Two days ago saw the Global Poverty Project UK, with the aid of Bill Gates, Hans Rosling and The Co-operative, launch one of its most ambitious and exciting initiatives to date. Yet, whilst Bill was reading his Annual Letter to the captive audience, a small group of students at university campuses across the country were quietly making a stand against extreme poverty.
The centrepiece of The Global Poverty Project is 1.4 Billion Reasons, a ground-breaking presentation that powerfully communicates the challenges and opportunities around tackling extreme poverty, working as a platform to inspire and enable individuals to become actively involved in ending poverty; it is this vision that drives everything we do.
Since its UK launch in 2010, over 36,000 people in the country have seen the presentation, many of which have been university students. Its success would not have been possible without the amazing hosts who have worked tirelessly to promote the presentation as well as continuing the momentum long after by campaigning on the key issues raised in 1.4 Billion Reasons.
Wanting to find a way to repay our gracious hosts and engage them further in our fight to end extreme poverty - Lunch Below the Line was born.
Lunch Below the Line enabled hosts to have a platform to promote and raise awareness of the great work they do but also to incorporate the message of The Global Poverty Project’s upcoming campaign: Live Below the Line.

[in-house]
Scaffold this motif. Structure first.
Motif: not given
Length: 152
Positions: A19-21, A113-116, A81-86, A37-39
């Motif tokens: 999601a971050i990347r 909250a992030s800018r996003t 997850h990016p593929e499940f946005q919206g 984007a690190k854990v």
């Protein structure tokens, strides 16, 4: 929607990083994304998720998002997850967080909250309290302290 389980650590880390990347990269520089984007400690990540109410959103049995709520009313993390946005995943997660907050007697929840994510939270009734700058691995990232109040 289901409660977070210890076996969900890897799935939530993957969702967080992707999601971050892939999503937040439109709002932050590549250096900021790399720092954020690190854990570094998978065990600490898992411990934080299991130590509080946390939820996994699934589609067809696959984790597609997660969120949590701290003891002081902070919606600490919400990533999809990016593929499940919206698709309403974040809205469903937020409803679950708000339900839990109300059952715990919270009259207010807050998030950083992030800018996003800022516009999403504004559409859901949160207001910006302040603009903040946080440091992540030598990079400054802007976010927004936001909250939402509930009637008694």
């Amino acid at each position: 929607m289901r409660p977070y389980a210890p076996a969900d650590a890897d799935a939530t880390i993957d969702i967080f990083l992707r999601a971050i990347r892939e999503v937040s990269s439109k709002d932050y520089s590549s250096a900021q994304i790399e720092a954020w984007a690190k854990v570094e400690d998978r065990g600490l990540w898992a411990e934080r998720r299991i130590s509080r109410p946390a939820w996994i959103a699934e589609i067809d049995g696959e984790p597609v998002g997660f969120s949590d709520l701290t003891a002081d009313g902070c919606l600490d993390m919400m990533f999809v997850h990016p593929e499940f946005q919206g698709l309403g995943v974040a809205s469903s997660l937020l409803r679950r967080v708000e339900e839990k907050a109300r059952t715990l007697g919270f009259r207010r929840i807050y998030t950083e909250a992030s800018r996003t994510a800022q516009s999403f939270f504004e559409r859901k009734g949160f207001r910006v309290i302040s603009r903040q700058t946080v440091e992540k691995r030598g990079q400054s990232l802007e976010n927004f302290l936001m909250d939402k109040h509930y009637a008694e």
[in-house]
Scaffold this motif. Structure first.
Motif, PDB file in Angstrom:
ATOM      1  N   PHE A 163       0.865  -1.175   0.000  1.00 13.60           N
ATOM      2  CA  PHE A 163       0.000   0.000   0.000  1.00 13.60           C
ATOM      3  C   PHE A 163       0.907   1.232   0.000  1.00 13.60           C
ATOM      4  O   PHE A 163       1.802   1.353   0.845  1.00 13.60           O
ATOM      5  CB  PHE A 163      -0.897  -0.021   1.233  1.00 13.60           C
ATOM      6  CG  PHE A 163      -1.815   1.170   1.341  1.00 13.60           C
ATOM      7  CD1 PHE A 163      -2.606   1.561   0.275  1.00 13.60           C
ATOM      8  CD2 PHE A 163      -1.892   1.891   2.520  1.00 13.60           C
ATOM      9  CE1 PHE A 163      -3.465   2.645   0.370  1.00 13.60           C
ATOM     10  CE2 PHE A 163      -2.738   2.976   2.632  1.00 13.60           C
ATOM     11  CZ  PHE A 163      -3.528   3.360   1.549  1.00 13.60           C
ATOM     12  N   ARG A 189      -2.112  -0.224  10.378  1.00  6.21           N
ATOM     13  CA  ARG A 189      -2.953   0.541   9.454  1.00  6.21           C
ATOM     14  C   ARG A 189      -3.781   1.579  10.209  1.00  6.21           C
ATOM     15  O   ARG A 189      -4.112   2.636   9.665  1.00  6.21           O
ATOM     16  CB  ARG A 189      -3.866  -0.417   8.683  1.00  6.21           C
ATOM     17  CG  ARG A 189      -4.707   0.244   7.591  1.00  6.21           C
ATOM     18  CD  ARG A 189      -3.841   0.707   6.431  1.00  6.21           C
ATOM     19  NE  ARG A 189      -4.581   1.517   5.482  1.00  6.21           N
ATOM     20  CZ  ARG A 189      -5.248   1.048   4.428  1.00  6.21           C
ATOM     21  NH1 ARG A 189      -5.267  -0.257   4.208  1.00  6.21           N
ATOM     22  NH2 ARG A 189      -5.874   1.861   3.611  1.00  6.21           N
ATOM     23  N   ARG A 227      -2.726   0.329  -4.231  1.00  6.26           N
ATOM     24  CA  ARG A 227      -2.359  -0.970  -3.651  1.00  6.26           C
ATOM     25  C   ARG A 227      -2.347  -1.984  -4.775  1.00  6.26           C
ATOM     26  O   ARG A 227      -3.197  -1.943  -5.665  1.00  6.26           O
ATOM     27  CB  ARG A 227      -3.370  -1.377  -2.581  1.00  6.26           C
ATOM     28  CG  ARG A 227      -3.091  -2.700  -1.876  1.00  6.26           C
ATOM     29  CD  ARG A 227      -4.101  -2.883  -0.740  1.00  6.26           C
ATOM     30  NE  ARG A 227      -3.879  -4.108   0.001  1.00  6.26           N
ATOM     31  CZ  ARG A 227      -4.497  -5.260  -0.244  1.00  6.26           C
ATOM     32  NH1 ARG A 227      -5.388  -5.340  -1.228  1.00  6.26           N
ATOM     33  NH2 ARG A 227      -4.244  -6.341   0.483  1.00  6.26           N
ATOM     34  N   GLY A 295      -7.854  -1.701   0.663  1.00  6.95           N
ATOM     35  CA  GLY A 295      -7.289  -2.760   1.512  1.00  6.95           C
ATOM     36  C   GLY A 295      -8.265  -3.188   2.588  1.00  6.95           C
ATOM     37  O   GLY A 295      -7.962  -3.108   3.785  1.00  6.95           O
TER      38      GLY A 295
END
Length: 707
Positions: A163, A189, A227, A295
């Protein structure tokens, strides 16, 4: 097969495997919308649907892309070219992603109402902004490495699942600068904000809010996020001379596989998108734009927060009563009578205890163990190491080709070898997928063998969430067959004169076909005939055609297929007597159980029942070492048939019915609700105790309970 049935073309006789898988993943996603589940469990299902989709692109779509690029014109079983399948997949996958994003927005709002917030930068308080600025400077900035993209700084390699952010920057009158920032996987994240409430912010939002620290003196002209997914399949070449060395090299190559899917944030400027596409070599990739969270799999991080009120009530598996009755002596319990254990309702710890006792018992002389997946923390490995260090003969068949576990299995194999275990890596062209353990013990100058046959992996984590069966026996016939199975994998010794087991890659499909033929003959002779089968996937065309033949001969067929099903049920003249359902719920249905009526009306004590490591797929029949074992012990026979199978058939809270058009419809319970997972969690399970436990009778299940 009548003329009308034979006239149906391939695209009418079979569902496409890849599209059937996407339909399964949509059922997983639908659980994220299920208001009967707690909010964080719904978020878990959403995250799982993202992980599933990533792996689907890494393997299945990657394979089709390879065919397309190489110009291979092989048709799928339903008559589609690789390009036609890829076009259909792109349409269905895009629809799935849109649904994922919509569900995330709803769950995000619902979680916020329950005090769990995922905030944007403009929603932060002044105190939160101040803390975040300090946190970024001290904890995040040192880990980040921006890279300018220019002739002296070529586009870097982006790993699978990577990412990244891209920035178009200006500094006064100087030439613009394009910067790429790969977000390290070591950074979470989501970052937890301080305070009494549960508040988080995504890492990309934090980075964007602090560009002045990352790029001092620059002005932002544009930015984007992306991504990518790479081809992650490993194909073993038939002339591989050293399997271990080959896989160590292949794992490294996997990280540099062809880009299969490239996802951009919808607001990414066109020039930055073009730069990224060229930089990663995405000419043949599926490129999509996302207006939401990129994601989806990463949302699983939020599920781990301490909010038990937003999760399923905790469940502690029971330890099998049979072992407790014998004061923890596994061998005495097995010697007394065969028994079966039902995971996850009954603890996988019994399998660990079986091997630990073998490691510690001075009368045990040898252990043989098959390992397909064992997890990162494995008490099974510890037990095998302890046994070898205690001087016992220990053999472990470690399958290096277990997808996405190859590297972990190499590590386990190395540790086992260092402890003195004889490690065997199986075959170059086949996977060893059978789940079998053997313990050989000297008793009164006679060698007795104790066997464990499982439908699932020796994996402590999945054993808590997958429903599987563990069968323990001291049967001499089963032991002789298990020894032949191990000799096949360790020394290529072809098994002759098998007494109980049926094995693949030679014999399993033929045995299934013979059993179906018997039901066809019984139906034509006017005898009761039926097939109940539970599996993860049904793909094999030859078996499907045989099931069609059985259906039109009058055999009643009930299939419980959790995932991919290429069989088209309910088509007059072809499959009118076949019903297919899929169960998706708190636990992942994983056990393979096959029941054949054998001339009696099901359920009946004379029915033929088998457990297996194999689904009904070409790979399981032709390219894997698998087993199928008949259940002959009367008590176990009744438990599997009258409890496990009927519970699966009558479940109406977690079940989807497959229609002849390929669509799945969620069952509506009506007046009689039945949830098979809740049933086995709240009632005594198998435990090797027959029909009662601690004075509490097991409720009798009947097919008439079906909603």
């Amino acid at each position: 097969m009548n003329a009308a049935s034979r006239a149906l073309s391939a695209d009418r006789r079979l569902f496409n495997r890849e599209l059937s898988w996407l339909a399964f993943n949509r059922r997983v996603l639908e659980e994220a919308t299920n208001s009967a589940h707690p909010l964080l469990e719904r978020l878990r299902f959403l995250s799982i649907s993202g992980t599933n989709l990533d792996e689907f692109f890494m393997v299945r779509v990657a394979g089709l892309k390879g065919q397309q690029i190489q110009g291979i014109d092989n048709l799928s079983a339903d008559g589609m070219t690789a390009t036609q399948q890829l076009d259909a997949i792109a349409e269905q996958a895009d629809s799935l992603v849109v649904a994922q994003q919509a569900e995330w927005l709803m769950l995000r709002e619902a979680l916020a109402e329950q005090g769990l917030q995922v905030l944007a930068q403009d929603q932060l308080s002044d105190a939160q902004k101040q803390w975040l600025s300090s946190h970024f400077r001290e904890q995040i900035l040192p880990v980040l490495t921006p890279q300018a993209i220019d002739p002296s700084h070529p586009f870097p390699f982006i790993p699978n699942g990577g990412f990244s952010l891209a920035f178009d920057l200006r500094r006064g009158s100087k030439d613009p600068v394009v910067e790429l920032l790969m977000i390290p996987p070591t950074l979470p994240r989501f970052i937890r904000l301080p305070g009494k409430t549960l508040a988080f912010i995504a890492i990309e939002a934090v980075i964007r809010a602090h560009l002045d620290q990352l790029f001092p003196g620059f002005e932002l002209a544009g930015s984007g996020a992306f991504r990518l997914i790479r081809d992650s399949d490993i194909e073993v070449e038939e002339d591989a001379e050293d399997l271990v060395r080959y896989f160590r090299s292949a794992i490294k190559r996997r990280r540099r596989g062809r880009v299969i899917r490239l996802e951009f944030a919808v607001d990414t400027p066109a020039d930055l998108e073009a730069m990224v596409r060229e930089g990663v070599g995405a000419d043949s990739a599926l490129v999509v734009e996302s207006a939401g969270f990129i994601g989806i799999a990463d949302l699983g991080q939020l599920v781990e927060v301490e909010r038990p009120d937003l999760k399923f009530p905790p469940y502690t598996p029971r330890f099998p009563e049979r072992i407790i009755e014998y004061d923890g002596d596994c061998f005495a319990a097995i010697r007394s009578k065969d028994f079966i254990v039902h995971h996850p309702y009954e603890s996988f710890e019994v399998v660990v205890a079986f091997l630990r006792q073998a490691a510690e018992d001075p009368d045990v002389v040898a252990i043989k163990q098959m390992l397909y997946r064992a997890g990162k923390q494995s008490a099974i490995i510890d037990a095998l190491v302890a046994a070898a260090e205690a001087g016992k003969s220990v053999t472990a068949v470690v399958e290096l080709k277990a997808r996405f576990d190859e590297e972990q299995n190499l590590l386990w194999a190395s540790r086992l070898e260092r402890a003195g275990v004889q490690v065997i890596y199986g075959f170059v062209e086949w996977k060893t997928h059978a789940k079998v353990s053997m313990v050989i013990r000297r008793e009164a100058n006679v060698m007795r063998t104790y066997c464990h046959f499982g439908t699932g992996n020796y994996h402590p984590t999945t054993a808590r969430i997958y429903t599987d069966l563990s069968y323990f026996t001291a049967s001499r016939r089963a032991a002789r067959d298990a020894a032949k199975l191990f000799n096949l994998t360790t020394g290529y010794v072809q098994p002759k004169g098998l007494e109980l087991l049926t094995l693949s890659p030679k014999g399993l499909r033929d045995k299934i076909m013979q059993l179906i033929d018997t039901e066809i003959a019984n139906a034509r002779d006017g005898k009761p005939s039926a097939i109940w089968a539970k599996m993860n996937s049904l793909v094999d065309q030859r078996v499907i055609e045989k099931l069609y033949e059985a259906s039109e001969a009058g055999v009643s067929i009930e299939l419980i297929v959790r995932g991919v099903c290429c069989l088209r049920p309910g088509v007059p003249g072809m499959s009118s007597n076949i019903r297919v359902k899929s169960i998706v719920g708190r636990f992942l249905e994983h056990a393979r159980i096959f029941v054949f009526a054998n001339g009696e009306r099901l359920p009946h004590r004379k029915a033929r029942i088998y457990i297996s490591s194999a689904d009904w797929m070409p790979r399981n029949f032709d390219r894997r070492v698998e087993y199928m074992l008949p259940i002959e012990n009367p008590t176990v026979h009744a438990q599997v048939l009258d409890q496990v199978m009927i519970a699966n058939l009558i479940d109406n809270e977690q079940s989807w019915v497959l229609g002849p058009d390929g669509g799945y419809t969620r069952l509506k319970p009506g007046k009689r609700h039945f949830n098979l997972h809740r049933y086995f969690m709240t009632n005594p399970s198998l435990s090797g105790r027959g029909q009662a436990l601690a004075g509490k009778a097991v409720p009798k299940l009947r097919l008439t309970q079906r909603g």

What’s 33p got to do with extreme poverty?
Most of us wouldn’t bat an eyelid at spending over £15 every day on food. But can you imagine reducing your food and drink spend to just 33p for one meal? On Wednesday hundreds of people across the UK chose to do just that - they ate Lunch Below the Line.
Wednesday’s event kicked off 4 months of campaigning for Live Below the Line, which challenges the British public to cut their spending on food and drink to just £1 a day for five days in May. The campaign aims to increase awareness of the 1.4 billion people around the world currently living in extreme poverty who must survive on less than £1 each day for all their needs.
Lunch Below the Line occurred simultaneously at 5 university campuses nationwide and saw the students serve the 33p meals, which are representative of what someone living in extreme poverty may eat. The event was a great success and caused a buzz and excitement around the campaign.
Whether it is a small team of people selling 33p meals or Bill Gates encouraging a mass audience to take action in ending extreme poverty, to see that people are so committed, passionate and determined to be part of the grassroots movement to end extreme poverty is truly inspiring.
Thank you to Amnesty International at the University of Hertfordshire?, Engineers Without Borders at the University of Birmingham, Friends of MSF at Oxford University and the University of Sussex, and Medsin at Newcastle University for your amazing work running Lunch Below the Line and helping to raise awareness about extreme poverty.
To sign up for the Live Below the Line challenge or to receive more information about the campaign, please visit www.livebelowtheline.org.uk.